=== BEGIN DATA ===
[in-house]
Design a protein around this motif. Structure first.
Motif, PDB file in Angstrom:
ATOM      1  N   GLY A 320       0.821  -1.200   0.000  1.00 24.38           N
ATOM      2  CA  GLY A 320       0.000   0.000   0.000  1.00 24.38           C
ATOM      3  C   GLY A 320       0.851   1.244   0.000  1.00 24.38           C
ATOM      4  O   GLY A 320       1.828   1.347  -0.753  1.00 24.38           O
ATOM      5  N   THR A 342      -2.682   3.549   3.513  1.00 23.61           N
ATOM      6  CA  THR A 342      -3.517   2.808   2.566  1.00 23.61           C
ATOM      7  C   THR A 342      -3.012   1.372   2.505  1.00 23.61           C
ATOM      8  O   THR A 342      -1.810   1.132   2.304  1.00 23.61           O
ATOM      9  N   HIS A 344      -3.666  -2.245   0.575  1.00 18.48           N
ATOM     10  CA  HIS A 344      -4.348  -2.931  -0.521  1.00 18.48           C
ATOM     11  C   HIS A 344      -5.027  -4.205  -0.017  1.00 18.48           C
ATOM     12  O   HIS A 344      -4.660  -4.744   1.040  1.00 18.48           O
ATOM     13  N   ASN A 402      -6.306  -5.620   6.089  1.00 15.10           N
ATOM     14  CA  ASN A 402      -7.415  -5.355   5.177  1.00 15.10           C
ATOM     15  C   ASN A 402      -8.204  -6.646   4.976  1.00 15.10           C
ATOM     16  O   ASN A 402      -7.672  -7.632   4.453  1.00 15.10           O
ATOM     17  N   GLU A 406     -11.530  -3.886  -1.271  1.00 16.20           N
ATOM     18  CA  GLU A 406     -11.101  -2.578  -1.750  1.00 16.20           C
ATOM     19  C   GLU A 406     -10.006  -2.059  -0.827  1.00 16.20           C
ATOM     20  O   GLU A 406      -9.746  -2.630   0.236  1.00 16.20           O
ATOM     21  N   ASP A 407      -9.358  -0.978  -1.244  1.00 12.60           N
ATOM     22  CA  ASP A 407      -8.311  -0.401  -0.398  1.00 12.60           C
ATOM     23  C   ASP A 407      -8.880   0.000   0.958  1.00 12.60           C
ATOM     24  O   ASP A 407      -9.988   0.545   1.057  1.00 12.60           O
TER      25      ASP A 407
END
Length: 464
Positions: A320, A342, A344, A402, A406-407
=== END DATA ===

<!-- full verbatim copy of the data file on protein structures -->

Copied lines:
[in-house]
Design a protein around this motif. Structure first.
Motif, PDB file in Angstrom:
ATOM      1  N   GLY A 320       0.821  -1.200   0.000  1.00 24.38           N
ATOM      2  CA  GLY A 320       0.000   0.000   0.000  1.00 24.38           C
ATOM      3  C   GLY A 320       0.851   1.244   0.000  1.00 24.38           C
ATOM      4  O   GLY A 320       1.828   1.347  -0.753  1.00 24.38           O
ATOM      5  N   THR A 342      -2.682   3.549   3.513  1.00 23.61           N
ATOM      6  CA  THR A 342      -3.517   2.808   2.566  1.00 23.61           C
ATOM      7  C   THR A 342      -3.012   1.372   2.505  1.00 23.61           C
ATOM      8  O   THR A 342      -1.810   1.132   2.304  1.00 23.61           O
ATOM      9  N   HIS A 344      -3.666  -2.245   0.575  1.00 18.48           N
ATOM     10  CA  HIS A 344      -4.348  -2.931  -0.521  1.00 18.48           C
ATOM     11  C   HIS A 344      -5.027  -4.205  -0.017  1.00 18.48           C
ATOM     12  O   HIS A 344      -4.660  -4.744   1.040  1.00 18.48           O
ATOM     13  N   ASN A 402      -6.306  -5.620   6.089  1.00 15.10           N
ATOM     14  CA  ASN A 402      -7.415  -5.355   5.177  1.00 15.10           C
ATOM     15  C   ASN A 402      -8.204  -6.646   4.976  1.00 15.10           C
ATOM     16  O   ASN A 402      -7.672  -7.632   4.453  1.00 15.10           O
ATOM     17  N   GLU A 406     -11.530  -3.886  -1.271  1.00 16.20           N
ATOM     18  CA  GLU A 406     -11.101  -2.578  -1.750  1.00 16.20           C
ATOM     19  C   GLU A 406     -10.006  -2.059  -0.827  1.00 16.20           C
ATOM     20  O   GLU A 406      -9.746  -2.630   0.236  1.00 16.20           O
ATOM     21  N   ASP A 407      -9.358  -0.978  -1.244  1.00 12.60           N
ATOM     22  CA  ASP A 407      -8.311  -0.401  -0.398  1.00 12.60           C
ATOM     23  C   ASP A 407      -8.880   0.000   0.958  1.00 12.60           C
ATOM     24  O   ASP A 407      -9.988   0.545   1.057  1.00 12.60           O
TER      25      ASP A 407
END
Length: 464
Positions: A320, A342, A344, A402, A406-407